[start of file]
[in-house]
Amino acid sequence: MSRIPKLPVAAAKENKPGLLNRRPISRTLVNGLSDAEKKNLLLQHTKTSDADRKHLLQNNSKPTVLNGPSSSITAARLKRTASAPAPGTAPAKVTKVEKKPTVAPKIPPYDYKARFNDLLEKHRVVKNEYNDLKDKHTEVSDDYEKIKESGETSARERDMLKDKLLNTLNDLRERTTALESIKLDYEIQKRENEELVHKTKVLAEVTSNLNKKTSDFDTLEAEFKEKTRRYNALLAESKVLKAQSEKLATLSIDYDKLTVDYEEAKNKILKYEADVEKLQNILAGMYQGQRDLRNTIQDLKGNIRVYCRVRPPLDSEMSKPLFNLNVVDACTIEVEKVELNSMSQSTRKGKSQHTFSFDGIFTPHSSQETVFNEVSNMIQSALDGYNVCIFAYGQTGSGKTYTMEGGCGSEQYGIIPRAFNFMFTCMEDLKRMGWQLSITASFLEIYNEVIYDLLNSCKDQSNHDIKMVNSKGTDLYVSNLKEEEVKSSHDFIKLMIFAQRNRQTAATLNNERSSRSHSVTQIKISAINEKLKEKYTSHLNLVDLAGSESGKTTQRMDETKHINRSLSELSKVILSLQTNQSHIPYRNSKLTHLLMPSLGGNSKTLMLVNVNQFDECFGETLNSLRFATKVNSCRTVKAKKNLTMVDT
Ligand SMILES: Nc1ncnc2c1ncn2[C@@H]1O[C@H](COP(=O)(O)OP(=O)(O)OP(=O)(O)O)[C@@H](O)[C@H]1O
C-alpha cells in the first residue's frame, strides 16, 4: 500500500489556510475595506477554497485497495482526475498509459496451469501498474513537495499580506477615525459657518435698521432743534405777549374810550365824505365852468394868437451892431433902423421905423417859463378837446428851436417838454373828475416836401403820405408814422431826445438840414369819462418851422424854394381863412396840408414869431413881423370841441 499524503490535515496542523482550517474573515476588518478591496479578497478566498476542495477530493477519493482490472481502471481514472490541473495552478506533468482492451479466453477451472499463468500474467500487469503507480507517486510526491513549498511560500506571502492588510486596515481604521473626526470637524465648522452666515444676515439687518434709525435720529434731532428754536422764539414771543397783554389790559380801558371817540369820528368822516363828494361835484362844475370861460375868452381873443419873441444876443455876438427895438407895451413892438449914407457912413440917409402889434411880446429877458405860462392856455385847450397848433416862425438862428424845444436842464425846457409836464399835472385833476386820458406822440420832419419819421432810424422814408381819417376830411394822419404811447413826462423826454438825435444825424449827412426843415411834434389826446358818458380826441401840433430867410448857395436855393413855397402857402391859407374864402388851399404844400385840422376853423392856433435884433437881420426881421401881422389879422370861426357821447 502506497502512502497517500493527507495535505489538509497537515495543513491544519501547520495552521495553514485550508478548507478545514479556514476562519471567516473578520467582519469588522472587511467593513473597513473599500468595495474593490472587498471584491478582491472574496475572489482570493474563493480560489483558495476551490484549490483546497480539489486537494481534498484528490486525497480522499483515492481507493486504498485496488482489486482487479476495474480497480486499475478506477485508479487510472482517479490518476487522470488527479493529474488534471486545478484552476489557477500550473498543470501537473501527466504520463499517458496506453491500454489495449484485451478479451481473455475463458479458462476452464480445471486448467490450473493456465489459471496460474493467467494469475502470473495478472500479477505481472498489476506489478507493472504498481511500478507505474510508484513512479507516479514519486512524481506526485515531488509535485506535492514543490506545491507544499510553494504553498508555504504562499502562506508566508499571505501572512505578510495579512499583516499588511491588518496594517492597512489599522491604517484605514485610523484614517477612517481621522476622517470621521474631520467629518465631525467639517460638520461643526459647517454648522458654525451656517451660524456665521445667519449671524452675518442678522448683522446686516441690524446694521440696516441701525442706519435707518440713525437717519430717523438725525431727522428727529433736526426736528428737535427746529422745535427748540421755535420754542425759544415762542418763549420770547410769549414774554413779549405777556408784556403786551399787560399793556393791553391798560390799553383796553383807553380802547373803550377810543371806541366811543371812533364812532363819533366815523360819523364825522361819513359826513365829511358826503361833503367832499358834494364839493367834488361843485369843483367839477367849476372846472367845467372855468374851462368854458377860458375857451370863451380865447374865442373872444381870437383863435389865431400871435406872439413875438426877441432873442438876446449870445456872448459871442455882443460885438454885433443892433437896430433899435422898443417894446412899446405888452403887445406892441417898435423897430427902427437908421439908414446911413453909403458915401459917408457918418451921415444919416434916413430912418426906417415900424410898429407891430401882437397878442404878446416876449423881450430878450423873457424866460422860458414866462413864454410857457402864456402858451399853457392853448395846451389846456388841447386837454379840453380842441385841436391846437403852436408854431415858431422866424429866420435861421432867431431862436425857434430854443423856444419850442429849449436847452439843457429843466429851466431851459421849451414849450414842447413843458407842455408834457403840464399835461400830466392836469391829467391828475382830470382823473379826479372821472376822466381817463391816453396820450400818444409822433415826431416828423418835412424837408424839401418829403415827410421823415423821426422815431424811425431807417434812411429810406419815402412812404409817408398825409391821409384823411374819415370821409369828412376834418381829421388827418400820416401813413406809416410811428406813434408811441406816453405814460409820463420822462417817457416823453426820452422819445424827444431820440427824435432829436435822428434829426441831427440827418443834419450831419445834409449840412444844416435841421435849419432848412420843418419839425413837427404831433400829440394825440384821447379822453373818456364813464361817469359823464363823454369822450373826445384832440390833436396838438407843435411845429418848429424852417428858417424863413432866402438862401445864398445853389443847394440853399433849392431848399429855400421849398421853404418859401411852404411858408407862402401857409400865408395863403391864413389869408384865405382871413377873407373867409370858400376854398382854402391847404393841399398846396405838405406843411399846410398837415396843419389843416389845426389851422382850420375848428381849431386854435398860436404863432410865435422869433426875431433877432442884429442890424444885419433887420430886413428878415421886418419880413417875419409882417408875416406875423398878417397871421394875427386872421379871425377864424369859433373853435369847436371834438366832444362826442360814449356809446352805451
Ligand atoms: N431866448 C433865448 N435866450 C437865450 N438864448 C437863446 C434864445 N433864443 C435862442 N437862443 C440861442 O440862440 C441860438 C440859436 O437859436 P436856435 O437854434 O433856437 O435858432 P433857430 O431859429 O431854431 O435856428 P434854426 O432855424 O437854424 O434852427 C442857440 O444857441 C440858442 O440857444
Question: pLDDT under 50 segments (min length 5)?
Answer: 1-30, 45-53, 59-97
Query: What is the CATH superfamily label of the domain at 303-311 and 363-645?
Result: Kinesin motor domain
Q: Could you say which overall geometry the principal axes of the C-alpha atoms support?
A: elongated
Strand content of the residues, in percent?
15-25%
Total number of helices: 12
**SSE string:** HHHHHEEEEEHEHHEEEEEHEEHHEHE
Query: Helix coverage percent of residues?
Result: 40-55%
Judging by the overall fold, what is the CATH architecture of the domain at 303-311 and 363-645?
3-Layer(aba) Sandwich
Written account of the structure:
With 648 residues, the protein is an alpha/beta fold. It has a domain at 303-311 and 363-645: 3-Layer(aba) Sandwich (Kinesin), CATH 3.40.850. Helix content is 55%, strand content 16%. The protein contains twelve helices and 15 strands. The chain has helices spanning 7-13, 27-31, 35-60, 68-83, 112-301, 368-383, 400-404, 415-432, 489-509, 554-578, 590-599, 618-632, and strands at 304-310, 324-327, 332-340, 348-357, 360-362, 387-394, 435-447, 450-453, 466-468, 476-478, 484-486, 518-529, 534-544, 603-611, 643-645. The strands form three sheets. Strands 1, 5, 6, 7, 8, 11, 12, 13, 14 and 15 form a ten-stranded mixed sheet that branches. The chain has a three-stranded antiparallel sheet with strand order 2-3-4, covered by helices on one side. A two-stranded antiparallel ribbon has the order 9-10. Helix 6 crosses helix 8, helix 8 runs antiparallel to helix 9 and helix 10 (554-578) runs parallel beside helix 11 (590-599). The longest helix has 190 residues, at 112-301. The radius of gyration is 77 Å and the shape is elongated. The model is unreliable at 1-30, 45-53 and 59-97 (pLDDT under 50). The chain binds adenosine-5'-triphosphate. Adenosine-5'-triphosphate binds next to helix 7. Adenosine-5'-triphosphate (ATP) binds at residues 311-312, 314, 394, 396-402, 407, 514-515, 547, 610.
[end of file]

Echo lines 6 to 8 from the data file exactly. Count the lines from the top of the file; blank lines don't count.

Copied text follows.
Question: pLDDT under 50 segments (min length 5)?
Answer: 1-30, 45-53, 59-97
Query: What is the CATH superfamily label of the domain at 303-311 and 363-645?